We continue our Black History Month series with a profile of cabinet maker Thomas Day who owned the largest furniture business in North Carolina during the height of slavery.
As part of our Black History Month series, we hear about the life of the successful cabinet maker Thomas Day. He was much more than just a cabinet maker. He also handcrafted ornate, decorative pieces for the home and highly sought after furniture. During the height of slavery, he owned the largest furniture making business in the state. Director of the Thomas Day Education Project Laurel Sneed.
A private company in Elizabeth City is manufacturing a lighter than air technology called a tethered aerostat. They're being sold to governments and are the worlds only company devoted entirely to the production of these unique products. We recently toured the massive facility.
This week on the Down East Journal, we explore the controversy over proposed wind energy turbines possibly interfering with Cherry Point base operations. Some say the wind projects planned for Pamlico and Beaufort counties may play into possible BRAC base closures.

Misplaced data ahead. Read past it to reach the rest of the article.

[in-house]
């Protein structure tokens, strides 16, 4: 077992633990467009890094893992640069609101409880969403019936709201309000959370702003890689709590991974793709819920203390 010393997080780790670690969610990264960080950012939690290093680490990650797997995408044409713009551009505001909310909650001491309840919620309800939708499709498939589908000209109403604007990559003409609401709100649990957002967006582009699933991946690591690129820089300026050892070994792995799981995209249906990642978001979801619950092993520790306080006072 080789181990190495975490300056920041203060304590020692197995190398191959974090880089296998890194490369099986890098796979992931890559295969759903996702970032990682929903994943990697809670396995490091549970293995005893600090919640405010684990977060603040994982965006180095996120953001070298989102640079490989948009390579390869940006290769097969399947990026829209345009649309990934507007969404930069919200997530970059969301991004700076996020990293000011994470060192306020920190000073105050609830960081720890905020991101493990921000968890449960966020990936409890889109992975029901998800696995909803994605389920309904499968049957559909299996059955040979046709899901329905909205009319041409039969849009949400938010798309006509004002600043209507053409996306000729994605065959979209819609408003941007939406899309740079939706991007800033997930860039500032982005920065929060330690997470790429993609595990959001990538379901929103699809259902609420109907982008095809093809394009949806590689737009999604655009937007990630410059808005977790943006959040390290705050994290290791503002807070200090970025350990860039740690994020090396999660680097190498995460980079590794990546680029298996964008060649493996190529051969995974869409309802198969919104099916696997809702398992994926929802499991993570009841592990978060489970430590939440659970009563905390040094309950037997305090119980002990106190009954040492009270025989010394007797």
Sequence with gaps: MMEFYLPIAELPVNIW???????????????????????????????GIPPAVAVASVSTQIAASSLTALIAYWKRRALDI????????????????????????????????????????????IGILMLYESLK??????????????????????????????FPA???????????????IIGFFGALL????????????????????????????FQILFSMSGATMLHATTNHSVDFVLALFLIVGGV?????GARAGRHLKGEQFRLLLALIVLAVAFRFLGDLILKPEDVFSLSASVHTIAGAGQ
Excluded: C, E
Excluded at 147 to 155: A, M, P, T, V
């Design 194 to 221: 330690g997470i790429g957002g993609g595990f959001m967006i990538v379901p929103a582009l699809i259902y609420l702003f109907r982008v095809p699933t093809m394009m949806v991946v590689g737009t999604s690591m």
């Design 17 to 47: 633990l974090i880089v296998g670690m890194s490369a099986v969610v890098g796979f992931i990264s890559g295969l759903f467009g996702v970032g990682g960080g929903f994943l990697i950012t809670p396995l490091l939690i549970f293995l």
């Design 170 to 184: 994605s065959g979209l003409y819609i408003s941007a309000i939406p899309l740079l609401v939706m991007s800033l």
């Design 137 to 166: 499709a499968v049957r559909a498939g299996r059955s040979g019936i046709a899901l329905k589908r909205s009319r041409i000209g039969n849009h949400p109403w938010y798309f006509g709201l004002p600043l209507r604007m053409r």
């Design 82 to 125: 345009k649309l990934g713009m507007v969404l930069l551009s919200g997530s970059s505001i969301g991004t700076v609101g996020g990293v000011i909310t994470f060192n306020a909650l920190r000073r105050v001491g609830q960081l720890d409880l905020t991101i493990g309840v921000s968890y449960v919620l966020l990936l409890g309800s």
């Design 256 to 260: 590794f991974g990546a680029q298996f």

After being declared an endangered species in the 1980's, wood stork populations are increasing and spreading across the southeast. How human intervention, natural instinct and our coastal environment play into the recovery of the wood stork.
President Obama signed the Affordable Care Act four years ago. It's still being implemented. Last month a change in the Medicare system is fining hospitals the reimbursement money they get back for their services, if certain patients are readmitted to a hospital within a thirty-day period of their initial admission. Stephen O'Connell has more.
A New Bern man is using cigar boxes to make instruments for playing the blues.
Since human existence, people have been making music using the materials they have lying around – like sticks, rocks, or animal hide. One of the earliest instruments was a flutes carved from hallowed out bird bones and mammoth ivory. It was carbon dated to be 42,000 years old. The tradition of using recycled items to create sounds still continues today. David English, owner of Black Owl Guitars in New Bern is using old licenses plates, peanut can lids and old cigar boxes to build guitars.